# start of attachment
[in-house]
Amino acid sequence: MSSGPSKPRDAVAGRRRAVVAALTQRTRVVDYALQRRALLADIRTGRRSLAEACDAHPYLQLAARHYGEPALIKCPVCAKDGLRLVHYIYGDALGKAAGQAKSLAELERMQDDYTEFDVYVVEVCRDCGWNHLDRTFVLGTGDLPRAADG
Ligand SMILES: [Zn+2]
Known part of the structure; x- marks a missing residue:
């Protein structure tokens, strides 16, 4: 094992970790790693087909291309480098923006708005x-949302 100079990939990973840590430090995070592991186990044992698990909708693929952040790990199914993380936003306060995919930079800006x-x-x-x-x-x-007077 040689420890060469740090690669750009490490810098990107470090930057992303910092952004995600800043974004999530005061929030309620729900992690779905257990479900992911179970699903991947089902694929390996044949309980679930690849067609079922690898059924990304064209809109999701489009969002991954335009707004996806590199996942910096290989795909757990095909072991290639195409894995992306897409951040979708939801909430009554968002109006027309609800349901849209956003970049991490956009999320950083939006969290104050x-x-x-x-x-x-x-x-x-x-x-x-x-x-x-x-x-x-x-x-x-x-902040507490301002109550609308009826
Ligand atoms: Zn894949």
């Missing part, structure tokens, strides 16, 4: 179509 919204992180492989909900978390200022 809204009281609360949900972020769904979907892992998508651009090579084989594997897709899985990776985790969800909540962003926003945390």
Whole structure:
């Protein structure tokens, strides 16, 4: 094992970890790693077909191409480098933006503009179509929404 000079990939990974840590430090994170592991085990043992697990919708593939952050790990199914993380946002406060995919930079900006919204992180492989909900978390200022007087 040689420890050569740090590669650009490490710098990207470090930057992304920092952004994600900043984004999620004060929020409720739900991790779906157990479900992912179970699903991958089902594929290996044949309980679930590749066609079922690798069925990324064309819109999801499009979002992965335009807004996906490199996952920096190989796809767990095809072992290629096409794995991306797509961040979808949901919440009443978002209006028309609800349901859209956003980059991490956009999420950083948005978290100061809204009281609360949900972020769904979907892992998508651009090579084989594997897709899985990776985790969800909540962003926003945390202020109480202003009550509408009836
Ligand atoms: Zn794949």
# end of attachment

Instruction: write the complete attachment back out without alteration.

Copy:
[in-house]
Amino acid sequence: MSSGPSKPRDAVAGRRRAVVAALTQRTRVVDYALQRRALLADIRTGRRSLAEACDAHPYLQLAARHYGEPALIKCPVCAKDGLRLVHYIYGDALGKAAGQAKSLAELERMQDDYTEFDVYVVEVCRDCGWNHLDRTFVLGTGDLPRAADG
Ligand SMILES: [Zn+2]
Known part of the structure; x- marks a missing residue:
């Protein structure tokens, strides 16, 4: 094992970790790693087909291309480098923006708005x-949302 100079990939990973840590430090995070592991186990044992698990909708693929952040790990199914993380936003306060995919930079800006x-x-x-x-x-x-007077 040689420890060469740090690669750009490490810098990107470090930057992303910092952004995600800043974004999530005061929030309620729900992690779905257990479900992911179970699903991947089902694929390996044949309980679930690849067609079922690898059924990304064209809109999701489009969002991954335009707004996806590199996942910096290989795909757990095909072991290639195409894995992306897409951040979708939801909430009554968002109006027309609800349901849209956003970049991490956009999320950083939006969290104050x-x-x-x-x-x-x-x-x-x-x-x-x-x-x-x-x-x-x-x-x-x-902040507490301002109550609308009826
Ligand atoms: Zn894949």
């Missing part, structure tokens, strides 16, 4: 179509 919204992180492989909900978390200022 809204009281609360949900972020769904979907892992998508651009090579084989594997897709899985990776985790969800909540962003926003945390």
Whole structure:
């Protein structure tokens, strides 16, 4: 094992970890790693077909191409480098933006503009179509929404 000079990939990974840590430090994170592991085990043992697990919708593939952050790990199914993380946002406060995919930079900006919204992180492989909900978390200022007087 040689420890050569740090590669650009490490710098990207470090930057992304920092952004994600900043984004999620004060929020409720739900991790779906157990479900992912179970699903991958089902594929290996044949309980679930590749066609079922690798069925990324064309819109999801499009979002992965335009807004996906490199996952920096190989796809767990095809072992290629096409794995991306797509961040979808949901919440009443978002209006028309609800349901859209956003980059991490956009999420950083948005978290100061809204009281609360949900972020769904979907892992998508651009090579084989594997897709899985990776985790969800909540962003926003945390202020109480202003009550509408009836
Ligand atoms: Zn794949």